As a rule, most articles on how to choose a translation agency tend to concentrate on much the same things. Reputation, experience, certification/accreditation, real technical expertise in the subjects – these are the constant refrains from those who seek a translator they can trust. On that last point, of trust, one commentator makes the very good point that it is very helpful for the client, if they have a regular requirement, to be paired with the same translator so a longer-term relationship can be built up. This is something that we strive to do at Global Connects, albeit it can be difficult if the person changes at the client end.

Of course, all these lists of the attributes needed by a good translation company do include ‘price’.   Price, for the customer, is very important. For procurement people, price is often paramount, and tenders often ascribe more marks to price than any other variable. However, what’s interesting in all the articles we read online, is that price, whilst important, is invariably recognised as being of no value if it is not accompanied by a good service. In fact, most of the blogs and articles we read make the point that often firms offering quick, cheap translations are cutting corners somewhere in order to make a profit. That corner is almost certainly the quality of your translation. Yes, a fair price is important, for everyone – the client, the translator and the agency – but quality trumps all. Be prepared to negotiate: most agencies will happily do so, but never compromise on quality. Our next blog will look in more depth at the issue of price.

Anthony Madill, Global Connects

Choosing a Translation Agency (Part I)

OK, we admit, we are biased here.   However, before you stop reading, expecting a sales pitch for Global Connects, we need to tell you that this series of blogs is based on an interesting trawl of the internet, searching under strings such as “Choosing a translation agency”, “What to look for in a translation agency?” and “How can I tell if my translation agency is any good?” We’re read a host of articles, ranging from sources as the well-respected Dublin City University’s Language Services Department to a slightly dubious site that actually blacklists translation companies it doesn’t like (usually, to be fair, because various translators have allegedly not been paid, or paid very badly). Anyway, we’ll let you read what is being said out there on the web and then you can tell us if Global Connects delivers it!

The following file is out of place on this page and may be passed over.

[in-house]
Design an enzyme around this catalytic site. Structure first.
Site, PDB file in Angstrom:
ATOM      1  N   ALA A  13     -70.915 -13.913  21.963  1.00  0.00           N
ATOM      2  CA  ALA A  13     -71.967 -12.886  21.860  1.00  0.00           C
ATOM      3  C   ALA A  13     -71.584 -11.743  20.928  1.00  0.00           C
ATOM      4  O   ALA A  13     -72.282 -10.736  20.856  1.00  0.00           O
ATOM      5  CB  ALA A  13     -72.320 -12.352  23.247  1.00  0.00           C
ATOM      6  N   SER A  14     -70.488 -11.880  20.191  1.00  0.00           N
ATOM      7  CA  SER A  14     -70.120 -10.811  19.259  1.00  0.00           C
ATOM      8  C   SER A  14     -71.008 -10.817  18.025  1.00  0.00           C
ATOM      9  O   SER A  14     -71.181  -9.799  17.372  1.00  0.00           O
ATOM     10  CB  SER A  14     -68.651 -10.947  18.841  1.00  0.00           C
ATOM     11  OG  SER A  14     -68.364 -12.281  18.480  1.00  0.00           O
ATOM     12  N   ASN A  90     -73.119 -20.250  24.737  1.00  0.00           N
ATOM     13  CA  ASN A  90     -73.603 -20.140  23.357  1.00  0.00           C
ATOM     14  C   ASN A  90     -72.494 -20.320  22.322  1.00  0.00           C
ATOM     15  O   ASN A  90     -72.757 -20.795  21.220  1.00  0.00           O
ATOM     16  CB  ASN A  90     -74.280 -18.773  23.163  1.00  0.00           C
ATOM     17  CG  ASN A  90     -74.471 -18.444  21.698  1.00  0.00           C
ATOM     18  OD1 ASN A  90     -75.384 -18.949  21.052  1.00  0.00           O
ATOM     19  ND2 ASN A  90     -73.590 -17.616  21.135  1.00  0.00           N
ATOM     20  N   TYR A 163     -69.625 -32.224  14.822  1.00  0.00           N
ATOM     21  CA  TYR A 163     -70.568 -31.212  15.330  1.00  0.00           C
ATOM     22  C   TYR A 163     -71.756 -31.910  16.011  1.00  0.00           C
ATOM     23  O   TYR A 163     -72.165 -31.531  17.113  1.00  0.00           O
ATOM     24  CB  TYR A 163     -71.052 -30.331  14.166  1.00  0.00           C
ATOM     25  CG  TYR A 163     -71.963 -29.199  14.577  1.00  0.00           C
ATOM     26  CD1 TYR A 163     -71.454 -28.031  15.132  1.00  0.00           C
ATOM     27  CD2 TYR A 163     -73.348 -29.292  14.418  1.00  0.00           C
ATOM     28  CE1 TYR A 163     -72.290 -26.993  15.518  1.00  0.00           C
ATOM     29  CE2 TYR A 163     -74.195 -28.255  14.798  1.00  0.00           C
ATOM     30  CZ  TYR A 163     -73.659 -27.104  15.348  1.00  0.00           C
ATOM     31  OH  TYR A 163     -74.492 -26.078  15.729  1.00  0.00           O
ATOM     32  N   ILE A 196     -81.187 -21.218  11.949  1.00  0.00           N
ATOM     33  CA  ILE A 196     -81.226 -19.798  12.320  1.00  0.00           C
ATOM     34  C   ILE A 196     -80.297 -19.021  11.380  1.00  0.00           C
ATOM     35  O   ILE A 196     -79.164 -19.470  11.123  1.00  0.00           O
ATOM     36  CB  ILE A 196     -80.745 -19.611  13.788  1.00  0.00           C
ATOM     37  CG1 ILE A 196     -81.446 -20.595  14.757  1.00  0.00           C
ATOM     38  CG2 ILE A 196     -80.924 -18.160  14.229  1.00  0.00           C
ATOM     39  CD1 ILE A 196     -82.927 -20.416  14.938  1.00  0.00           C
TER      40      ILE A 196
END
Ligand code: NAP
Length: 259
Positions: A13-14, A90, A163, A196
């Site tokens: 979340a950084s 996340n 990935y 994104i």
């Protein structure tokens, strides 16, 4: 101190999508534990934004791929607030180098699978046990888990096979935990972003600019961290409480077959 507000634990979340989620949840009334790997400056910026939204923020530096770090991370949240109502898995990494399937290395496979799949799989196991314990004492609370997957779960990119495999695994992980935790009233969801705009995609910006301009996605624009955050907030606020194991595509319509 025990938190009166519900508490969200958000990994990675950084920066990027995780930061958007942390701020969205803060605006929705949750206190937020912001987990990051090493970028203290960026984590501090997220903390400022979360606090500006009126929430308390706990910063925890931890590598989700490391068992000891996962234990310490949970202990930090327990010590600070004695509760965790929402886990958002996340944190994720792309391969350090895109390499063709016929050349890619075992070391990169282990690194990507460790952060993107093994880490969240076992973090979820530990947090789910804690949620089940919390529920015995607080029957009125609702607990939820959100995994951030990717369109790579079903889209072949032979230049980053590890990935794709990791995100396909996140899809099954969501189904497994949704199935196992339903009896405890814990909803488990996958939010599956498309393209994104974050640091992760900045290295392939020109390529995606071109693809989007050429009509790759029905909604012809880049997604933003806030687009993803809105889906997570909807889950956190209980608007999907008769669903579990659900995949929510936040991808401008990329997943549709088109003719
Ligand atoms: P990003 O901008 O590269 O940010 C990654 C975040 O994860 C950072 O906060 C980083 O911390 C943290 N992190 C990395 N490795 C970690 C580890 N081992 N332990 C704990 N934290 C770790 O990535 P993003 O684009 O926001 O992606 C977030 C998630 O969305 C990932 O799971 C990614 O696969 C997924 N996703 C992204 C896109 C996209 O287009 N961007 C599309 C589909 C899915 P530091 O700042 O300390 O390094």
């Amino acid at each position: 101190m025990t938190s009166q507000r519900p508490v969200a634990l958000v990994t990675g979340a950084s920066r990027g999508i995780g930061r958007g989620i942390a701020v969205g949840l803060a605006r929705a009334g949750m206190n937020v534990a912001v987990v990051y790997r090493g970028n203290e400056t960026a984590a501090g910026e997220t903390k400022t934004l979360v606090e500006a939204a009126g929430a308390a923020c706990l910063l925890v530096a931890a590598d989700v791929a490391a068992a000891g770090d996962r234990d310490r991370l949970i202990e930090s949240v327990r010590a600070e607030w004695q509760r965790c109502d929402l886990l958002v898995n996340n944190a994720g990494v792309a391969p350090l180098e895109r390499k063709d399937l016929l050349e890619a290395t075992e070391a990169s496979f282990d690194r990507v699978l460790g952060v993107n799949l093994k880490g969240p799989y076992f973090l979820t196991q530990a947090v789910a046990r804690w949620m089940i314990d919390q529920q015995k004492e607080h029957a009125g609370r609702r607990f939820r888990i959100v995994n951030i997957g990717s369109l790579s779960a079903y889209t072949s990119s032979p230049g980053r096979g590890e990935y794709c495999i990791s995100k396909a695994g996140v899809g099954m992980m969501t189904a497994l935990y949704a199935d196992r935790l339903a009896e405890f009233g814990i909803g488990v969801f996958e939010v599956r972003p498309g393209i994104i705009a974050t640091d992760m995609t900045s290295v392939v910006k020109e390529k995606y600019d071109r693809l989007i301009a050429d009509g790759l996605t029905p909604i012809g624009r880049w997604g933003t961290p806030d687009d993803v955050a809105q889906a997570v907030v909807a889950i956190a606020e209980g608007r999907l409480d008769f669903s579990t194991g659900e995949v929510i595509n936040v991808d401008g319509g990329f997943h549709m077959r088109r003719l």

Most writers on this subject tend to fall into two camps. On the one hand, there are the academic/pseudo- academic blogs and articles which purport to take a broader overview and provide advice to the many client companies who need to use translation services every once in a while but not often enough to have settled on one reliable provider. The other group tends to consist mainly of translators/interpreters who have their own websites, blog pages, and who, naturally, tend to think that they should be paid more (which sometimes, but not always, is true!).

The latter can have a slight tendency to be hyper-critical. One blog we read was dismissive of ISO accreditation, claiming it to be a “bombastic and totally meaningless statement” and “just a marketing gimmick aimed at gullible clients”. This same blogger went on at some length about the importance of accuracy and competence, not realising perhaps that to describe ISO accreditation as “totally meaningless” is, in itself, a rather inaccurate and, dare we say it, incompetent statement. Yes, ISO accreditation does not of itself mean that a firm will produce the goods time after time for a client, but it does give an indication of a willingness to be audited, to try to meet certain standards and thus demonstrate a degree of commitment and professionalism. That, surely, has a value and helps give clients a degree of confidence in the translation company, albeit the company then needs to demonstrate that that confidence is not misplaced.   Ultimately, it is the delivery of a quality service, at a fair price, that really matters.   Yet it is important for the more serious companies to demonstrate that they are committed and professional, and ISO, although not the be-all and end-all, does help do this. And before you ask, yes, Global Connects is ISO accredited!

To be continued…

Anthony Madill, Global Connects